The chronicler of
the day, Barhadbeshabba, described the transfer of students and faculty from
Edessa to Nisibis: "Edessa darkened and Nisibis brightened." Edessan expulsion
and relocation of this anathematized community of Nestorian scholars and
disciples in Nisibis reinvigorated the intellectual and academic environments of
the Syrian Orient.
Administratively, the School of Nisibis replicated the School of Edessa. The
director of the school was called rabban, who concomitantly occupied the "chair
of exegesis" (mepasqana). Chosen by the teachers of Nisibis, the rabban
primarily supervised the faculty and course of study. In other areas of school
administration he relied upon his chief administrative aide, the rabbaita, who
had the equivalent responsibilities of our modern "dean." He was responsible for
the entire school administration -- from carrying out academic policy to
ensuring the school's proper daily operation. He was at once manager, steward,
and chief academic officer.
The first faculty chair listed beneath the mepasqana is that of the maqreiana.
The Syriac root of this word means "to read." One may posit from this meaning a
group of teachers who guided the students from elementary instruction in reading
to every kind of advanced study in textual, lexical, liturgical, and grammatical
areas. Paul, who created the isagogic manual later translated and adapted by
Junillus, occupied the position of maqreiana at the School of Nisibis.
Other faculty positions included: mehageiana, a teacher entrusted with
elementary instruction; sapera, a "scribe," who taught the discipline of writing
and copying manuscripts; baduqa, a term which means "to search," "to
scrutinize," -- thus a teacher of philosophy, that is, the philosophy of the
Greeks translated into Syriac.
The reputation of the School of Nisibis rested on its chair of biblical
exegesis, headed by its first director and mepasqana, Narsai, who began his
tenure in 489. As the School of Edessa served as the model for the School of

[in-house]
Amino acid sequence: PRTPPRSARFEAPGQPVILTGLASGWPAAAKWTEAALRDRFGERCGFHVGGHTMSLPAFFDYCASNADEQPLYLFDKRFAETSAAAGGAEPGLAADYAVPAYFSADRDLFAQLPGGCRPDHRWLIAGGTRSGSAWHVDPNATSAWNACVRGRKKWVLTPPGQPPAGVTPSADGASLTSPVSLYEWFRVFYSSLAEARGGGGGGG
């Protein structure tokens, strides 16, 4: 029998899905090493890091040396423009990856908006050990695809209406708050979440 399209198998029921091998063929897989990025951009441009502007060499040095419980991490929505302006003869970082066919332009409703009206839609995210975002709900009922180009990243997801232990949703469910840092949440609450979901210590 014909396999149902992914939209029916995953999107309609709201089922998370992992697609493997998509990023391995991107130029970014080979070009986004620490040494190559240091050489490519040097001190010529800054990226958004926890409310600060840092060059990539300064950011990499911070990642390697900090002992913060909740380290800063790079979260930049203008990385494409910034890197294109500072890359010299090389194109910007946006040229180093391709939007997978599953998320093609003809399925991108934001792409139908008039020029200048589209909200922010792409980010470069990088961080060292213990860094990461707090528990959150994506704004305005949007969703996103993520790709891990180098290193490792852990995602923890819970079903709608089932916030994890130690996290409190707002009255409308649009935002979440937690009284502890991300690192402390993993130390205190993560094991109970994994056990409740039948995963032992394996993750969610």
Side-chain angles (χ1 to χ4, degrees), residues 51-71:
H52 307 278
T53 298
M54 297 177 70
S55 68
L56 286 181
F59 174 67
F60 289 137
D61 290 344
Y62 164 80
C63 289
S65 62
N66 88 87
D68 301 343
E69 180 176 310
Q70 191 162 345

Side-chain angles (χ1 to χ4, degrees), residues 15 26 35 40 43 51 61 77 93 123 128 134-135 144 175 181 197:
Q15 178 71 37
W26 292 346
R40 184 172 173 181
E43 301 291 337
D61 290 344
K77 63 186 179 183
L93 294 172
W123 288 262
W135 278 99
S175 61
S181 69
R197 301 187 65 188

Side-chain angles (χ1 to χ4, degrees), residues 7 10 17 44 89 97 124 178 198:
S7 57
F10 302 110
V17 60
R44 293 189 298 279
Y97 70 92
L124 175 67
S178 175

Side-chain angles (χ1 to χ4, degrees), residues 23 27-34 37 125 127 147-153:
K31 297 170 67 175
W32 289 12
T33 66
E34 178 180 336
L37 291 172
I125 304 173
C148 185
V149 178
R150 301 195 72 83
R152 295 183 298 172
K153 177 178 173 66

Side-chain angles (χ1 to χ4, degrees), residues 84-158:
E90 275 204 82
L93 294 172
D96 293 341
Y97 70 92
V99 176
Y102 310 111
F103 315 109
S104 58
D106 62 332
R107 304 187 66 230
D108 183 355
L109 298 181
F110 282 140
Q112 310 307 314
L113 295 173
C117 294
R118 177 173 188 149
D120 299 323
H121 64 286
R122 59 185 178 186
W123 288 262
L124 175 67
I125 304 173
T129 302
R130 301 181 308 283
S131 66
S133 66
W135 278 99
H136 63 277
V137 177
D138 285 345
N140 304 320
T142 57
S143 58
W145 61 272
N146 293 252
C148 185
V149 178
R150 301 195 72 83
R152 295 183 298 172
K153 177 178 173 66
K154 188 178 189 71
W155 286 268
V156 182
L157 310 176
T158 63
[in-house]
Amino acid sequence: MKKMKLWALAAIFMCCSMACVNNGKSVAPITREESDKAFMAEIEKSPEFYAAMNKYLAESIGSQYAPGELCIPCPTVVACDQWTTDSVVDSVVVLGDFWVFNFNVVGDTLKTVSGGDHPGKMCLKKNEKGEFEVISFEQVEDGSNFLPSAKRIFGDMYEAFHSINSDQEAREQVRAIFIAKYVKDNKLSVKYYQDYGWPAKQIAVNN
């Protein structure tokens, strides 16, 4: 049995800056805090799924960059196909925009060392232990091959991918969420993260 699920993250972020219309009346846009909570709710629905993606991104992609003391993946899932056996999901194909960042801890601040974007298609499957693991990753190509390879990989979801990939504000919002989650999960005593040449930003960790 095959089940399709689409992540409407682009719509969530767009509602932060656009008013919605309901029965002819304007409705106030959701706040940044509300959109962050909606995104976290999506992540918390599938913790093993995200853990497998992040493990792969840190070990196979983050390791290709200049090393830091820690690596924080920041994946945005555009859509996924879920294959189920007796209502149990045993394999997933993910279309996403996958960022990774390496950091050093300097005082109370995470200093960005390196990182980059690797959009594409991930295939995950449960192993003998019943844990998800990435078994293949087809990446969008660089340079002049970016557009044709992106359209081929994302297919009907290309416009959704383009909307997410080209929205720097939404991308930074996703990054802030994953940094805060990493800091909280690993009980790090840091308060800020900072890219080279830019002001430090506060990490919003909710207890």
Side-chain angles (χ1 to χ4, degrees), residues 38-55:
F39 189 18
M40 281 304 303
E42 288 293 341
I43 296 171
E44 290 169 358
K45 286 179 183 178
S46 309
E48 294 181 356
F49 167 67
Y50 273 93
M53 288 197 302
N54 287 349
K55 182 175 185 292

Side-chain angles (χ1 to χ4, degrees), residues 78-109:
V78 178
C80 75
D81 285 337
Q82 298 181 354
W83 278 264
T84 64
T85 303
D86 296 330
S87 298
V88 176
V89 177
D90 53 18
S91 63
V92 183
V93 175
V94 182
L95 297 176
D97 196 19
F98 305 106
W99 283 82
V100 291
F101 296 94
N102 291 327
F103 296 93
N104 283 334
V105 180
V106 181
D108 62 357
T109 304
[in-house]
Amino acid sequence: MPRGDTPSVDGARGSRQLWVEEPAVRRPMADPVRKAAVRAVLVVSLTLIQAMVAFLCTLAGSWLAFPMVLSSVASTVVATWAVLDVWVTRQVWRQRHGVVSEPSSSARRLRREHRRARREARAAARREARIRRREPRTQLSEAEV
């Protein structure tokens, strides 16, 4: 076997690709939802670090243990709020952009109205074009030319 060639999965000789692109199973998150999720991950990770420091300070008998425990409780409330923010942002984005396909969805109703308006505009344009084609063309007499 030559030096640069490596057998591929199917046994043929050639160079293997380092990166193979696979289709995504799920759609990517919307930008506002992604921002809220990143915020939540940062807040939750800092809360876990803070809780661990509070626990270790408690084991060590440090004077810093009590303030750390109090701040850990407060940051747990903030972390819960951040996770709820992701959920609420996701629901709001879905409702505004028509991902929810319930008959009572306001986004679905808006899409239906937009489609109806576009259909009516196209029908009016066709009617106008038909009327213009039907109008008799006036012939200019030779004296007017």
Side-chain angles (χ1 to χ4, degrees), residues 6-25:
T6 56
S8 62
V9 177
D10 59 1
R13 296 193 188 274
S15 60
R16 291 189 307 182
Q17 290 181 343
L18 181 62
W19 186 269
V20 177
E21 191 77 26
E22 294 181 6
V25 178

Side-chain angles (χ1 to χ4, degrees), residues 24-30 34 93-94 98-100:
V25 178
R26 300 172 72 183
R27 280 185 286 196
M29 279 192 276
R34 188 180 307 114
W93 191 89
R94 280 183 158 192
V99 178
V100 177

Nisibis, so too were the Antiochene traditions of biblical exegesis, based on
the works of Theodore of Mopsuestia, handed down by Narsai to his beloved
students. Theodore resembled Judah HaNasi, the great compiler of the Jewish Oral
Law (the Mishnah) at the end of the second century. Theodore collected and
organized earlier theological and exegetical scholarship; he brought forth a
synthesis in his writings that was unsurpassed by any of the succeeding
generations of Christian theologians. The School of Nisibis adopted Theodore's
exegetical method, which rejected the allegorical approach in favor of pure
grammatical, historical, and typological analysis. Indeed, Paul's manual
exemplifies Theodore's typological approach. The Nestorian community's
opposition to the allegorical world of Alexandrian exegesis is reflected in
Theodore's comment: "They, indeed, turn everything backwards, since they wish to
make no distinction in the divine Scripture between what the text says and a
dream in the night."
The School of Nisibis was a serious environment of academic instruction and
rigorous biblical exegesis. Study hours were arduous; students spent the entire
day copying manuscripts, reading, hearing lectures, and learning liturgical
recitation. These academic sessions took place during the period of the "great
mautba" ("session") that met from November through July.
Rabban and his Faculty
In 510, after Narsai and Elisa bar Quabaie had governed the School of
Nisibis, Abraham De-Bet Rabban assumed the directorship and office of mepasqana.
Abraham seems to have been a nephew or close family friend of the great Rabba,
"the Great." Originally called Narsai himself, when his father brought him to